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Hot again: 2020 sets yet another global temperature record
AP Jan 14, 2021 1 day ago
FILE - In this Wednesday, Aug. 19, 2020. file photo, smoke from California wildfires up to 200 miles away obscures the view of traffic traveling on Interstate 80, looking west in Sparks, Nev. Local schools canceled all outdoor activities as the air quality index approached the "very unhealthy" category for the general population Wednesday afternoon. (AP Photo/Scott Sonner)
FILE - In this Friday, July 31, 2020 file photo, a fan sprays water mist as customers sit outside a cafe in downtown Rome during a heat wave with temperatures over 34 Celsius (104 Fahrenheit)
FILE - In this Thursday, June 18, 2020 file photo, vendors and rickshaw drivers sleep in the open early on a hot summer morning in Karachi, Pakistan, as parts of the country continued to experience an intense heat wave. (AP Photo/Fareed Khan)
FILE - In this Wednesday, Aug. 12, 2020 file photo, a man keeps cool with a shirt over his head as he walks alongside The Serpentine in Hyde Park in London with high temperatures forecast again for many parts of England. (AP Photo/Kirsty Wigglesworth)
Earth’s rising fever hit or neared record hot temperature levels in 2020, global weather groups reported Thursday.
“It’s like the film ‘Groundhog Day.’ Another year, same story — record global warmth,” said Pennsylvania State University climate scientist Michael Mann, who wasn’t part of the measurement teams. “As we continue to generate carbon pollution, we expect the planet to warm up. And that’s precisely what we’re seeing.”
First or second rankings really don’t matter, “but the key thing to take away is that the long-term trends in temperature are very very clearly up and up and up,” said Schmidt, who heads NASA’s Goddard Institute for Space Studies that tracks temperatures. “We’re in a position where we’re pushing the climate system out of the bounds that it’s been in for tens of thousands of years, if not millions of years.”
All the monitoring agencies agree the six warmest years on record have been the six years since 2015. The 10 warmest have all occurred since 2005, and scientists say that warming's driven by the burning of coal, oil and natural gas.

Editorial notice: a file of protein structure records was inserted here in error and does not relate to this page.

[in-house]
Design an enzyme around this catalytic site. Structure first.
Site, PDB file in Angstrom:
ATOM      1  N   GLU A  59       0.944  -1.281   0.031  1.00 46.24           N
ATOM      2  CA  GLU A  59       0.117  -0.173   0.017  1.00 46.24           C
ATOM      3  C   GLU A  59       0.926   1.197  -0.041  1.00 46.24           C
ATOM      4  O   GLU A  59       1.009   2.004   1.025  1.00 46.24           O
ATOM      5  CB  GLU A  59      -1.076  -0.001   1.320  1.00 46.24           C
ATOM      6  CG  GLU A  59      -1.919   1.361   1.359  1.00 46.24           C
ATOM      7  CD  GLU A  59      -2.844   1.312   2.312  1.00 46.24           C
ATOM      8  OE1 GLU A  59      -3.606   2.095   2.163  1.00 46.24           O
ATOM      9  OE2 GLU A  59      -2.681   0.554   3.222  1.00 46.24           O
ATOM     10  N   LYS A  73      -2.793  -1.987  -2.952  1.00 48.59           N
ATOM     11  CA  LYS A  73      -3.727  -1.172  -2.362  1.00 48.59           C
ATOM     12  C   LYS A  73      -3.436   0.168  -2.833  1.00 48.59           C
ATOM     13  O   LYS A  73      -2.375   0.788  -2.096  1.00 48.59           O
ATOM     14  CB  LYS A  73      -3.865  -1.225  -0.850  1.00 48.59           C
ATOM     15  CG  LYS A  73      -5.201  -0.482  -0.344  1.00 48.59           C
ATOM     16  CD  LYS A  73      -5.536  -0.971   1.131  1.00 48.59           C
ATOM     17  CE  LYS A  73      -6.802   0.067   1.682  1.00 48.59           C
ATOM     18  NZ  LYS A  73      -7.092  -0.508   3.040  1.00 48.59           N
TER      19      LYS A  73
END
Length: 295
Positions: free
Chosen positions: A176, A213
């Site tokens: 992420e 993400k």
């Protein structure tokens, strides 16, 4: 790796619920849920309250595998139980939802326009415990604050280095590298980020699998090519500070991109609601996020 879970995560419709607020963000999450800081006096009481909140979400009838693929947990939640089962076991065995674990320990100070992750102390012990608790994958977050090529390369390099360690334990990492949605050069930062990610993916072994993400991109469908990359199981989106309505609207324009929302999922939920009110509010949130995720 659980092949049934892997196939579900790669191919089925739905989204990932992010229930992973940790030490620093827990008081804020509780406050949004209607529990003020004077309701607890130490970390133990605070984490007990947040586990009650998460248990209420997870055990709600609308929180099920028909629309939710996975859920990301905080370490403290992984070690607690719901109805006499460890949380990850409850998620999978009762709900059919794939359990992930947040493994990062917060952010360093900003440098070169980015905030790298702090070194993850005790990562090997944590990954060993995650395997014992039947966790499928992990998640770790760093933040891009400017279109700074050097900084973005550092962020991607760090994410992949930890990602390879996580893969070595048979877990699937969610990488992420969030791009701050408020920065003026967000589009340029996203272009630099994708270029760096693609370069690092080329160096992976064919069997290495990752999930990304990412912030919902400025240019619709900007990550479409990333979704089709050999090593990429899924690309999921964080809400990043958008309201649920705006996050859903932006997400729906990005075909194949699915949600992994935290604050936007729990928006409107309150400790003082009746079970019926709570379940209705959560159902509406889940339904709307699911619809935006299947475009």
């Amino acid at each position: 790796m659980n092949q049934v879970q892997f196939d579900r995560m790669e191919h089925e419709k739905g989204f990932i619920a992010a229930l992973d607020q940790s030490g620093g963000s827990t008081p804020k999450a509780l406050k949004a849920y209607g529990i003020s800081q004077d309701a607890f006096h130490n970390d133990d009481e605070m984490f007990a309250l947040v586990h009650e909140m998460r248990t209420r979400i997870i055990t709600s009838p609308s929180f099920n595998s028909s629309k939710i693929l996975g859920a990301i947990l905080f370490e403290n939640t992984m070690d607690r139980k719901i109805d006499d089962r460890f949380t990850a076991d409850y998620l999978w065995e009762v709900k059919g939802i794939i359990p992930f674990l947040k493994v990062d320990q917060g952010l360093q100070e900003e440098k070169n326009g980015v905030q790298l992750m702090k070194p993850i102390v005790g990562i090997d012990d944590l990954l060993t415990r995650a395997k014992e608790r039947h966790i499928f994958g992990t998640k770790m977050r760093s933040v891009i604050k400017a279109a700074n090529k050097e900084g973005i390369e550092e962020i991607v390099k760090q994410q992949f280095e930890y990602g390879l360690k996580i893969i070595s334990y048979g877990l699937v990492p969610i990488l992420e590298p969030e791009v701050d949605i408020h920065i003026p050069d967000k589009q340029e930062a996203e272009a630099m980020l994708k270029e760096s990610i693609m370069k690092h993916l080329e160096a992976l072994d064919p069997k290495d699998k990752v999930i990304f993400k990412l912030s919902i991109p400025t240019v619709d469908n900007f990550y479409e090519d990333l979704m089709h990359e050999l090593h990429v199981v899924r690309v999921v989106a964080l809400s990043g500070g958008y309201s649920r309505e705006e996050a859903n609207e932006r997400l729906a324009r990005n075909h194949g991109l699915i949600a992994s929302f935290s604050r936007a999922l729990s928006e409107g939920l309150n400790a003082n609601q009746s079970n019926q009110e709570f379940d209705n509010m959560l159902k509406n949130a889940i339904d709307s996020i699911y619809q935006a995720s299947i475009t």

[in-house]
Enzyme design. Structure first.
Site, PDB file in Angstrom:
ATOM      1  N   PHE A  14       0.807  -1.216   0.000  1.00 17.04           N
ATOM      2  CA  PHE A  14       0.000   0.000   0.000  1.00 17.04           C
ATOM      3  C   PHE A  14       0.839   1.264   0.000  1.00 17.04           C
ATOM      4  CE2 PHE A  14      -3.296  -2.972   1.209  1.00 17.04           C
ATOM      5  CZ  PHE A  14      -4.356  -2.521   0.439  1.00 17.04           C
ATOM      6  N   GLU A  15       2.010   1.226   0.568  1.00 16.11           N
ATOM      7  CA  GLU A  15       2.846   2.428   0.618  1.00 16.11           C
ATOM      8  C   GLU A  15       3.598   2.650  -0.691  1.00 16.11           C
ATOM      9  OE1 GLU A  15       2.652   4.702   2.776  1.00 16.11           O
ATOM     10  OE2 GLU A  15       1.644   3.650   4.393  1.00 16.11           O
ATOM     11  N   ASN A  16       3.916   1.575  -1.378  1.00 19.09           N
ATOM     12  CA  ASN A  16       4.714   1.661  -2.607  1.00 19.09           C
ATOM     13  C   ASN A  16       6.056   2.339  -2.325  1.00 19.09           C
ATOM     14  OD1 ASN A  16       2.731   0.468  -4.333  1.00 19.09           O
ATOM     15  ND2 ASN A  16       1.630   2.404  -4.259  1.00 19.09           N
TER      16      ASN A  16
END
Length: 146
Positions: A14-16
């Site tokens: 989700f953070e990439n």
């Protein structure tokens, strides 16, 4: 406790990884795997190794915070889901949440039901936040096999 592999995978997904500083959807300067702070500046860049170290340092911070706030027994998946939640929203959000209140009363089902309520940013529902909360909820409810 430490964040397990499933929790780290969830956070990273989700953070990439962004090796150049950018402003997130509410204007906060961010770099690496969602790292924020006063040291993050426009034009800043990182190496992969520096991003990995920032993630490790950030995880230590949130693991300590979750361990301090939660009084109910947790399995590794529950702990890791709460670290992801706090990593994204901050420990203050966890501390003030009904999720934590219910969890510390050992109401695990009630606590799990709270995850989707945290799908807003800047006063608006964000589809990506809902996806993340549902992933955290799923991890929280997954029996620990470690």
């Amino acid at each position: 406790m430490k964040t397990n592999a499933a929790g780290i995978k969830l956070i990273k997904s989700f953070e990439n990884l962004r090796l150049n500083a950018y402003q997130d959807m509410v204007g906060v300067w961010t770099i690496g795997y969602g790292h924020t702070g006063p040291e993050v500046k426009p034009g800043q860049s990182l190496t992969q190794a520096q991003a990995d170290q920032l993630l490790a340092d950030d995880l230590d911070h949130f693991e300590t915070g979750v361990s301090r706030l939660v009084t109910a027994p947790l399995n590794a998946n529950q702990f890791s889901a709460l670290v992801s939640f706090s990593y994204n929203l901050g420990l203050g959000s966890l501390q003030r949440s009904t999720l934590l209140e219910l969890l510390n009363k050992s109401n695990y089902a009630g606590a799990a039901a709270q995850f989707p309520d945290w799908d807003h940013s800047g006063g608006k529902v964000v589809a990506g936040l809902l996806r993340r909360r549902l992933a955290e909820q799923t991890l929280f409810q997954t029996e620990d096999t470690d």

Temperatures the last six or seven years “really hint at an acceleration in the rise of global temperatures,” said Russ Vose, analysis branch chief at NOAA’s National Centers for Environmental Information. While temperature increases have clearly accelerated since the 1980s, it’s too early to discern a second and more recent acceleration, Schmidt said.
Last year's exceptional heat “is yet another stark reminder of the relentless pace of climate change, which is destroying lives and livelihoods across our planet,” United Nations Secretary-General António Guterres said in a statement. “Making peace with nature is the defining task of the 21st century.”
“We cannot avoid 1.5 C above pre-industrial now -- it is just too late to turn things around,” University of Oklahoma meteorology professor Jason Furtado, who wasn’t on any of the measurement teams, said in an email. “I also fear that the 2 C threshold is slipping away from us too unless changes become much more immediate in the US and other nations.”
Earth has warmed 1.6 degrees (0.9 degrees Celsius) since 1942, when President-elect Joe Biden was born, and 1.2 degrees (0.6 degrees Celsius) since 1994, when pop star Justin Bieber was born, according to NOAA data.
The main reason the agencies have varying numbers is because there are relatively few temperature gauges in the Arctic. NOAA and the British weather agency take a conservative approach in extrapolating for the missing data, while NASA factors that the Arctic is warming much faster than the rest of the globe, hitting https://apnews.com/article/45ffaf65b4f0301a41c4db02fa0ad2c7">100 degrees (38 Celsius) in the Russian Arctic last June, said NASA's Schmidt.
The pandemic may have added ever so slightly to last year’s warming, enough to edge 2020 past 2016 in NASA's calculations, Schmidt said.
Around the globe, people were driving less — and that reduced short-term aerosol pollution which acts as a cooling agent by reflecting heat. Schmidt said fewer cooling aerosols could be responsible for .09 to .18 degrees (.05 to .1 degrees Celsius) warming for the year.
NOAA's Vose and Schmidt expect 2021 to be among the top five hottest years but probably not a record breaker because of natural temporary cooling in parts of the Pacific called La Nina.
NOAA and NASA measurements go back to 1880, while the United Kingdom Met Office has readings back to 1850.